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Angular cheilitis - Oral Mucosal Lesion
Other Resources UpToDate PubMed

Angular cheilitis - Oral Mucosal Lesion

Contributors: Annie Chen BS, Carl Allen DDS, MSD, Sook-Bin Woo MS, DMD, MMSc, Susan Burgin MD
Other Resources UpToDate PubMed

Synopsis

Angular cheilitis (perlèche) is a chronic inflammatory condition of the oral commissures that may be complicated by a candidal or staphylococcal superinfection. The affected areas are generally slightly painful. There may be concomitant intraoral candidiasis.

Angular cheilitis affects 0.7% of individuals in the United States and is most commonly seen in children and adults aged 30-60 years.

Individuals who wear dentures that do not adequately support the facial musculature are prone to developing angular cheilitis. Patients will have accentuated folds at the corners of the mouth, leading to wicking of the saliva onto what is normally dry skin. The moist keratin acts as substrate that encourages fungal and bacterial growth.

Those who have undergone head and neck radiation, and those with diabetes mellitus (type 1 or type 2), immunosuppression, and depletion of normal oral flora (from prolonged antibiotic use) are prone to developing oral candidiasis, including angular cheilitis.

Angular cheilitis is also seen in the setting of iron; vitamin B2, B3, B6, or B12; zinc; and folate deficiency, although these represent a much less common cause of angular cheilitis.

Angular cheilitis is reported to be more common in individuals with inflammatory bowel disease (Crohn disease and ulcerative colitis), orofacial granulomatosis, and Sjögren syndrome.

Related topics: actinic cheilitis, cheilitis, exfoliative cheilitis, granulomatous cheilitis

Codes

ICD10CM:
K13.0 – Diseases of lips

SNOMEDCT:
266429005 – Angular cheilitis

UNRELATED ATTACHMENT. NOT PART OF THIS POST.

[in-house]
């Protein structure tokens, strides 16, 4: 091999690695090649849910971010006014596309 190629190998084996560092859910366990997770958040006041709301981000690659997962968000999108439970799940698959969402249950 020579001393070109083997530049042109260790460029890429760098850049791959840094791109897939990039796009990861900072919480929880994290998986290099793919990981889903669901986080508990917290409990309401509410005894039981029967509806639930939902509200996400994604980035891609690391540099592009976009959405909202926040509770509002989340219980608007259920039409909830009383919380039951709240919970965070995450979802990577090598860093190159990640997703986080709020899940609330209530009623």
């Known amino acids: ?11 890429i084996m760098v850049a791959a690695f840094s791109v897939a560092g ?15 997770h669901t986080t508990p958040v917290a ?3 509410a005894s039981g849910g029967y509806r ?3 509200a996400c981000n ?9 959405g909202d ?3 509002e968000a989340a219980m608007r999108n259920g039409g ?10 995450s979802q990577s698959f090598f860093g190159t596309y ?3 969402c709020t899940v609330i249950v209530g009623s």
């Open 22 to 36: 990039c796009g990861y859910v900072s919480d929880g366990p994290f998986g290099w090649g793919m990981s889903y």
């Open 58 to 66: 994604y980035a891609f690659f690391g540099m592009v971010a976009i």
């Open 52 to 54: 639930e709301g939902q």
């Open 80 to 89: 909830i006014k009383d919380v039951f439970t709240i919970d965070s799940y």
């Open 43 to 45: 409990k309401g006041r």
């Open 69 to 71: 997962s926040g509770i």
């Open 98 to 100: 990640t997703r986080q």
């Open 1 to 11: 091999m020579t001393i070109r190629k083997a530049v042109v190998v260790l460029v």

Look For

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Diagnostic Pearls

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Differential Diagnosis & Pitfalls

  • Orofacial herpes simplex virus – Usually not bilateral as angular cheilitis typically is.
  • Lip-licking dermatitis – More diffuse involvement of the lips.
  • Secondary syphilis – "Split papules" may affect the angles of the mouth; other signs of secondary syphilis would be present as well.
  • Plummer-Vinson syndrome – This severe iron deficiency should also be associated with fatigue, shortness of breath, etc.
  • Atopic dermatitis
  • Seborrheic dermatitis
  • Allergic contact dermatitis
  • Irritant contact dermatitis
  • Actinic cheilitis
  • Cheilitis glandularis

Best Tests

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Management Pearls

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Therapy

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Drug Reaction Data

Below is a list of drugs with literature evidence indicating an adverse association with this diagnosis. The list is continually updated through ongoing research and new medication approvals. Click on Citations to sort by number of citations or click on Medication to sort the medications alphabetically.

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References

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Last Reviewed:08/16/2023
Last Updated:09/20/2023
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Patient Information for Angular cheilitis - Oral Mucosal Lesion
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Angular cheilitis - Oral Mucosal Lesion
A medical illustration showing key findings of Angular cheilitis : Commissure of lips, Lip scaling
Clinical image of Angular cheilitis - imageId=2172451. Click to open in gallery.  caption: 'Fissured pinkish and brown papules at the oral commissures.'
Fissured pinkish and brown papules at the oral commissures.
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